The accusation that de Blasio’s proposal is a move to “soak the rich” is almost laughable. As the mayor himself has said, increasing the city’s top marginal income tax rate to 4.41percent would merely return the situation to roughly that which existed prior to the 2008 financial crisis. Given that share prices, corporate profits, and CEO compensation have now exceeded pre-crisis levels, de Blasio’s proposal would have no noticeable impact on the wealthy.
The claim by the mayor’s liberal and pseudo-left supporters that this tax increase represents a major initiative in the fight against inequality, as well as the rejoinder by some hedge fund managers and other super-rich that such a move would send the wealthy fleeing from the city in search of lower taxes, are being used in a carefully orchestrated campaign to camouflage the new administration’s right-wing agenda with a “progressive” smokescreen.
Even if the proposed tax increase were enacted, the gross underfunding of public education at all levels, which became especially acute following 2008, would be left unaddressed.
Close examination of de Blasio’s affordable housing proposal reveals that it is also far less than and in some ways the opposite of what is being advertised.
The Bloomberg administration was characterized by an open alliance with the city’s powerful real estate interests, resulting in an explosion of high-end development for the city’s wealthy and growing difficulty in finding affordable housing for the rest of the population.
De Blasio has made it clear that, despite his rhetoric, he will do nothing to fundamentally change the policies that have made New York housing unaffordable for the working class. The goal of 200,000 new affordable housing units is being used to justify giving free rein to developers regarding the height and density of buildings, thus substantially boosting profits.
In a presentation before the Real Estate Board of New York, the industry’s principal trade group and prime movers in the push for luxury housing, de Blasio said, “I hope people hear me loud and clear that the only way I can achieve my goals is if we are building and building aggressively.” The new mayor has appointed Carl Weisbrod, a veteran of city government who worked for the Lindsay Administration more than 40 years ago, to head the City Planning Commission, which deals with issues of zoning and land use. Steve Spinola, the president of the Real Estate Board of New York, praised the appointment.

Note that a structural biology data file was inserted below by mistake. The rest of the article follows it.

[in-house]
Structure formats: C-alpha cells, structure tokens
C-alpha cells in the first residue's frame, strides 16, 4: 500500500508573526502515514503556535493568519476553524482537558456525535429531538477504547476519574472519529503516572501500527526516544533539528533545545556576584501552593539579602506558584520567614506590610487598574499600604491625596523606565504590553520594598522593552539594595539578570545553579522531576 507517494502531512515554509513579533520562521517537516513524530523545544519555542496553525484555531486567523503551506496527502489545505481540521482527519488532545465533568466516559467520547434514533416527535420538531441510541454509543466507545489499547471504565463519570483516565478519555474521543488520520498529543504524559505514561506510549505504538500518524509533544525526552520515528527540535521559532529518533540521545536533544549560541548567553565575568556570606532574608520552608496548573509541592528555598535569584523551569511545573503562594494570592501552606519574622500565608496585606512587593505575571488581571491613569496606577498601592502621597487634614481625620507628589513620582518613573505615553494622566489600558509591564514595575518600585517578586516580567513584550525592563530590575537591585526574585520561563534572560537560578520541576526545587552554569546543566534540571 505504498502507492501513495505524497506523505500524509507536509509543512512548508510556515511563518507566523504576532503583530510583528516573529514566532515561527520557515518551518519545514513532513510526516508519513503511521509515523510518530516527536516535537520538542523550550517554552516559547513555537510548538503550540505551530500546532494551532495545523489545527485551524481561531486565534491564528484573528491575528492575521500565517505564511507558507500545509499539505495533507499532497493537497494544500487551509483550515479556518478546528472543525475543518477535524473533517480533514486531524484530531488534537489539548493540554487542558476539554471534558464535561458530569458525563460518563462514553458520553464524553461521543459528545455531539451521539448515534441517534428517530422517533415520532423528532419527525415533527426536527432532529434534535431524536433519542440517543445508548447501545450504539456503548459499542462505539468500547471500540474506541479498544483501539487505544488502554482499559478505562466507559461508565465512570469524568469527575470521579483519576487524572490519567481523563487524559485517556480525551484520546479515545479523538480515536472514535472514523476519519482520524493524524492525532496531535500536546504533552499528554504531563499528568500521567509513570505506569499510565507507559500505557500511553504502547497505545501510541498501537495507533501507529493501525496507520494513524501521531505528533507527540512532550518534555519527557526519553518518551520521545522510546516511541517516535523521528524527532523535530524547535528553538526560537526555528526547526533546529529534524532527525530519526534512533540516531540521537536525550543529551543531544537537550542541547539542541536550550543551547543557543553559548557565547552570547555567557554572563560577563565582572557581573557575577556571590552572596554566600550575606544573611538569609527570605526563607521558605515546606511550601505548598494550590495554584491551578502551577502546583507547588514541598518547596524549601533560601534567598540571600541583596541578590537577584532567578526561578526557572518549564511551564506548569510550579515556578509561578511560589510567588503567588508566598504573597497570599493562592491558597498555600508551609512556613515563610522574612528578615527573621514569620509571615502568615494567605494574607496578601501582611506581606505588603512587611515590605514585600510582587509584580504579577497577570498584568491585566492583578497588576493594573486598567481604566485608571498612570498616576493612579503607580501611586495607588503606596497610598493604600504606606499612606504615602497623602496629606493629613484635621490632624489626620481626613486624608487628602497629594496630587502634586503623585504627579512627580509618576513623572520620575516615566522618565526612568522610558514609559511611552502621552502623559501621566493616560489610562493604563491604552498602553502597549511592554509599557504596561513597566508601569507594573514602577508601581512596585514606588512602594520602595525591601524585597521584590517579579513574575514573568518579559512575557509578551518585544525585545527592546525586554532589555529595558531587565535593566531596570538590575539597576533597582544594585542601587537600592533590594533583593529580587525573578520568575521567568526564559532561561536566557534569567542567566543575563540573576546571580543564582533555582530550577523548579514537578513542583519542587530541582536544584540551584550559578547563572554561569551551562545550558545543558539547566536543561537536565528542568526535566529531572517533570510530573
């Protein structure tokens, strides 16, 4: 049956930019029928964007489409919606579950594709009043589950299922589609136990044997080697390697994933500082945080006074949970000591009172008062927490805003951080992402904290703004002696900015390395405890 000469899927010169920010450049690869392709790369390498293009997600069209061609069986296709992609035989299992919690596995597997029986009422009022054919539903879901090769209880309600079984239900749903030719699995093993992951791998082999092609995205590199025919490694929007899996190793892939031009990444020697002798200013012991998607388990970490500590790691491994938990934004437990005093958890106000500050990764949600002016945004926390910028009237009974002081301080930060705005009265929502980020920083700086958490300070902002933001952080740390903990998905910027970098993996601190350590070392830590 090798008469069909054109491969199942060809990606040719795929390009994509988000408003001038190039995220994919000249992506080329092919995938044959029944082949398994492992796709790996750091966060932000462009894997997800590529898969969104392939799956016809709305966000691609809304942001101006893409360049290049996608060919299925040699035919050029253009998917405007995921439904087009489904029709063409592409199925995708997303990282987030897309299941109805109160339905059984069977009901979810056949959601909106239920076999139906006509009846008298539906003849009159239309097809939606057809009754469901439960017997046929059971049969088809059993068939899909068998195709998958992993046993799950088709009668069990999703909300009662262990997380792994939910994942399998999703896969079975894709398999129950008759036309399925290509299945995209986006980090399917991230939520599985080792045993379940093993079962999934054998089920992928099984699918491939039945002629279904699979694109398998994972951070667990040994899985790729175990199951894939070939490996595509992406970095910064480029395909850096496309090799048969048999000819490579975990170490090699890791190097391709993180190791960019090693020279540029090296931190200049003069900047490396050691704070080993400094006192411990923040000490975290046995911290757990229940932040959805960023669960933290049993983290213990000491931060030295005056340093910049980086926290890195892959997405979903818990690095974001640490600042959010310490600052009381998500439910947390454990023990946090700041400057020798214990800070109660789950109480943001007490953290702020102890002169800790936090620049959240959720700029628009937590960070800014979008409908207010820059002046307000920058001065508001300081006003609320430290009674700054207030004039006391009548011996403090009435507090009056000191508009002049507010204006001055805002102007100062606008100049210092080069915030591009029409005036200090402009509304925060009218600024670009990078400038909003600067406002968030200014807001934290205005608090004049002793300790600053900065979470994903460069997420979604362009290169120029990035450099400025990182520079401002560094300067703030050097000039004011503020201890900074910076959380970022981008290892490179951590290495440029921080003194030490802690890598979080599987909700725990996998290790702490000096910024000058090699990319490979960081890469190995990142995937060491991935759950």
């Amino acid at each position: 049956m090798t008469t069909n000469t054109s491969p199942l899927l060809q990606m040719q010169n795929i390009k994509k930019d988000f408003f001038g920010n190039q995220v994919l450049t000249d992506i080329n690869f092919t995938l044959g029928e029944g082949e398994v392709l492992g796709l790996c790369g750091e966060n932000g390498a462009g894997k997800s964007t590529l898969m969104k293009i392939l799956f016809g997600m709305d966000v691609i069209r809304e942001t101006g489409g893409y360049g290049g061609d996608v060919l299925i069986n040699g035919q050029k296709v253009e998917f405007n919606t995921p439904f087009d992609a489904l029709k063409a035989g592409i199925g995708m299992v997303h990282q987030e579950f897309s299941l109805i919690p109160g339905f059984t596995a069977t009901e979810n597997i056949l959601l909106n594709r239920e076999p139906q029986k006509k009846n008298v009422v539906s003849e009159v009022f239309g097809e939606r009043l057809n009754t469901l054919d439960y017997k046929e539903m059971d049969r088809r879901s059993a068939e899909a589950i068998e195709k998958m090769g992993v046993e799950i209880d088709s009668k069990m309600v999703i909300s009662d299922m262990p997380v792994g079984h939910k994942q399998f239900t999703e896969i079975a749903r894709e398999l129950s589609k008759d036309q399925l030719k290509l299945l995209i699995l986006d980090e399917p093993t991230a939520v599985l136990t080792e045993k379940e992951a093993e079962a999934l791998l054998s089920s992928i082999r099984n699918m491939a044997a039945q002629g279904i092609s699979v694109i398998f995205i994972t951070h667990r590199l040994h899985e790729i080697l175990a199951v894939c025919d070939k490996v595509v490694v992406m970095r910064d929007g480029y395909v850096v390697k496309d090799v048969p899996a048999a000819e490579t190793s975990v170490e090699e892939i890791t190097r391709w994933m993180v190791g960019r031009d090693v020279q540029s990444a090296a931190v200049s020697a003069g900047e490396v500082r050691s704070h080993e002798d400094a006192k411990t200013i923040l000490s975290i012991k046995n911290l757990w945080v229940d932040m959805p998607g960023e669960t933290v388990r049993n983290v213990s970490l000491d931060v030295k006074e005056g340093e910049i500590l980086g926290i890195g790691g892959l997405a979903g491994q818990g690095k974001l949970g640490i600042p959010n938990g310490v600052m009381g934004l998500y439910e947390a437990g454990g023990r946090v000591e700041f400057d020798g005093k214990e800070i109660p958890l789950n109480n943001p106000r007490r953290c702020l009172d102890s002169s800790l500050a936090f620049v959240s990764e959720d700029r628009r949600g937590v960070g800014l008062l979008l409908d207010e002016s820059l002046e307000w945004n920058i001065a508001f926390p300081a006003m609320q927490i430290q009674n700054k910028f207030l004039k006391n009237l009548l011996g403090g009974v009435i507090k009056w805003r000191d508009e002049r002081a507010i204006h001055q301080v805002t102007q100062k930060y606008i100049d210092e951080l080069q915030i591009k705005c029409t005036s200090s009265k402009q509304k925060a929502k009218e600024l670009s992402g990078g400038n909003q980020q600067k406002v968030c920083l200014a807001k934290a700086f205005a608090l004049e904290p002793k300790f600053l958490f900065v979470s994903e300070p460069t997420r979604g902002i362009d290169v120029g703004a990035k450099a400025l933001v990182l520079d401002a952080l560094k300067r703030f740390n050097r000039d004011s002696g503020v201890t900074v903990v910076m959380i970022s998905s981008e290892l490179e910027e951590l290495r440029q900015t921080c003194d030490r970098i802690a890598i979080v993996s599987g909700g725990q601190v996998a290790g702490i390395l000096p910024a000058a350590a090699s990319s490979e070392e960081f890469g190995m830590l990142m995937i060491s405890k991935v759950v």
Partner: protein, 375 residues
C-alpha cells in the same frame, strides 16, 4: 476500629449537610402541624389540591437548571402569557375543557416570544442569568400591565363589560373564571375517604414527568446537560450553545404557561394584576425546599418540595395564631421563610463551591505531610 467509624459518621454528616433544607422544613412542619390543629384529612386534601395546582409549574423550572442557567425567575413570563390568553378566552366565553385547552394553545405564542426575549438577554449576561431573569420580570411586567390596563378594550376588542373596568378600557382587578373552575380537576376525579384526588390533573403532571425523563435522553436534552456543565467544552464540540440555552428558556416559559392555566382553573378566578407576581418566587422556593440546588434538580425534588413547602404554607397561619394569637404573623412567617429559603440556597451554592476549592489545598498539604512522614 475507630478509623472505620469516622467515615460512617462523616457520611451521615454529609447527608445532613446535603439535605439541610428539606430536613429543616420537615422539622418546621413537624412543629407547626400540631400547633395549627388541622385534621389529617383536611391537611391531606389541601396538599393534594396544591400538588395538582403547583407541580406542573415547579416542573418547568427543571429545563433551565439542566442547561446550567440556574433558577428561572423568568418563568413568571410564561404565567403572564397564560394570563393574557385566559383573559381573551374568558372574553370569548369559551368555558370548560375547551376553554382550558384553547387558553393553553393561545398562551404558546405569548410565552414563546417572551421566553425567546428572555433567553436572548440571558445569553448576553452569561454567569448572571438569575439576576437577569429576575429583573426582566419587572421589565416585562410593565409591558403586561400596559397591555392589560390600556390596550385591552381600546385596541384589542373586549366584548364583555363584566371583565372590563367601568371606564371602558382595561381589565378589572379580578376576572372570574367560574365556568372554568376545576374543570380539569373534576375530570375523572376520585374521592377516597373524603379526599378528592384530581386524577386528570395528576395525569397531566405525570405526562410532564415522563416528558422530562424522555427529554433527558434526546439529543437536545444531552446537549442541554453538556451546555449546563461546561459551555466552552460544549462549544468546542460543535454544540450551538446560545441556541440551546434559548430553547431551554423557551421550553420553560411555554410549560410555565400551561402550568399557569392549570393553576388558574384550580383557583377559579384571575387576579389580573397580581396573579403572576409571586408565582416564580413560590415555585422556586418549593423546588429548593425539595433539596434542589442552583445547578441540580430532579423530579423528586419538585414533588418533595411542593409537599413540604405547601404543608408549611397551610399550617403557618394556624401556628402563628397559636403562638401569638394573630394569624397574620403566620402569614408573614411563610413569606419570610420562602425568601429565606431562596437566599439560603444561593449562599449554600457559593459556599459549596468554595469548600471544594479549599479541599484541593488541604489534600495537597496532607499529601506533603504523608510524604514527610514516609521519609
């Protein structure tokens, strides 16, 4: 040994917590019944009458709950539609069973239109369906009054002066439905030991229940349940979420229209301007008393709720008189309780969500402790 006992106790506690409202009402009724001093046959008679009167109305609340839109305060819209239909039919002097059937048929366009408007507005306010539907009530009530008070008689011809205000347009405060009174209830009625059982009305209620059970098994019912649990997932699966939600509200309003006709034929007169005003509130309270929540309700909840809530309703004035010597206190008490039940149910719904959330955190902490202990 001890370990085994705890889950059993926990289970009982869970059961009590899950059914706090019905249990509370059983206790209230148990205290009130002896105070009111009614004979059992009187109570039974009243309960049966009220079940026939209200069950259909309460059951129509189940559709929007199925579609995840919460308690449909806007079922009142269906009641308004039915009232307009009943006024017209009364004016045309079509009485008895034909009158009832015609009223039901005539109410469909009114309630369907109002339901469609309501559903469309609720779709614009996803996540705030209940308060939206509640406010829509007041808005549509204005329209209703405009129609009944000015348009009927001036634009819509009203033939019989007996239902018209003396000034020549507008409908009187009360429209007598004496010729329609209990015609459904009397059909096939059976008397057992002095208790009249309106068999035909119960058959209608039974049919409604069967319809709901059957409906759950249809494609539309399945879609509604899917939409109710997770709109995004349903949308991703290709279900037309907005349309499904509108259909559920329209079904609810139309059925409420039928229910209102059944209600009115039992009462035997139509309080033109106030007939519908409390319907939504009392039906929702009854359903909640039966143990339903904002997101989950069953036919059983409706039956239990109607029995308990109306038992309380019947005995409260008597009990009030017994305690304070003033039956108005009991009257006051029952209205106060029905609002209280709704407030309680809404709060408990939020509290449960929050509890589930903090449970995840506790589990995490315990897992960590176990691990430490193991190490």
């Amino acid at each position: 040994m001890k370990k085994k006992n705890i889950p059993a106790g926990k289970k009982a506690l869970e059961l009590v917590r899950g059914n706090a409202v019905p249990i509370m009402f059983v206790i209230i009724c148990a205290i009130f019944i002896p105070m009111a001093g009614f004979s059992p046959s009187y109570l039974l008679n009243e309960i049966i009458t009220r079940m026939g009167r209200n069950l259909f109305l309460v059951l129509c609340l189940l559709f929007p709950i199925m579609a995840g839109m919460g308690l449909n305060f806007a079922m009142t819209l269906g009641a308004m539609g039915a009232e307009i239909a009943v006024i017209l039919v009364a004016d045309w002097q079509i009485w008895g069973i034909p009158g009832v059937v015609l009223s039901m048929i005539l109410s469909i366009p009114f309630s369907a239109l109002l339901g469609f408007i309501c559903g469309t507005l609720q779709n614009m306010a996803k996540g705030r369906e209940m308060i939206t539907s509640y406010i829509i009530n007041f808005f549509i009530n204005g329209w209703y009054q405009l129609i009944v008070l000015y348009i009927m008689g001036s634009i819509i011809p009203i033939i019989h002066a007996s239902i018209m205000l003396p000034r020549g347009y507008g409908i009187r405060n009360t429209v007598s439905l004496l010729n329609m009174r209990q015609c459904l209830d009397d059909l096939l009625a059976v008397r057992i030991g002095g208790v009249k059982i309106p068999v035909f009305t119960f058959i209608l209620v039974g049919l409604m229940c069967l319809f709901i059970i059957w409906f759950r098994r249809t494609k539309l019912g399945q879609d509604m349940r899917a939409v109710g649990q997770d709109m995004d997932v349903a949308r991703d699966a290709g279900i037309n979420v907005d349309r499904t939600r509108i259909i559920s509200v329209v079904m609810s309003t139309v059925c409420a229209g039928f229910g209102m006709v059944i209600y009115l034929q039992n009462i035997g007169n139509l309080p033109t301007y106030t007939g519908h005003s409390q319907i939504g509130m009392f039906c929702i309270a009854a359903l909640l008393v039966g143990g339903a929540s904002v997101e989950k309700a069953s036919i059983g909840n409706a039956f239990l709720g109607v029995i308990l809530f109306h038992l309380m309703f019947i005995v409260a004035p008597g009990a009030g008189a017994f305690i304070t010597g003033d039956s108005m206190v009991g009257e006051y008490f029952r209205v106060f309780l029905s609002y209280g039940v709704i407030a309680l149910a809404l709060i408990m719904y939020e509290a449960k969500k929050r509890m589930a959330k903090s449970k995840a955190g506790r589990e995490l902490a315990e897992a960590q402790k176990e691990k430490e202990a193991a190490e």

An indication of the anti-working class face of the de Blasio administration is his treatment of the school bus workers. Their month-long strike a year ago was unilaterally ended by the union bureaucracy on the basis of the sham promise by Democratic mayoral candidates, including de Blasio, to “revisit” the revocation of the decades-long policy which had given this section of workers a modicum of job security. During the intervening year, nearly two thousand workers have lost their jobs and the remainder have suffered severe cuts in wages and benefits. De Blasio has been silent.
Over and above the fraud behind most of de Blasio’s “reforms,” the city’s Comptroller, Scott Stringer, acknowledged that the budget proposal was unrealistic, since it allocates only one percent per year for future pay increases and makes no allowance for the cost of settling the more than 150 city worker contracts that expired as long as four years ago.
The mayor’s budget proposals underscore once more the fact that it is worse than futile to rely on a Democratic politician like de Blasio to undo the attacks carried out by his Republican predecessors. Self-styled progressives like de Blasio, aided by the unions and the pseudo-left groups, are working to defuse the anger that built up in New York under the Bloomberg and Giuliani administrations. A new political strategy is needed to avoid this trap and to unite the working class in the fight for a socialist program that will guarantee jobs and decent living standards.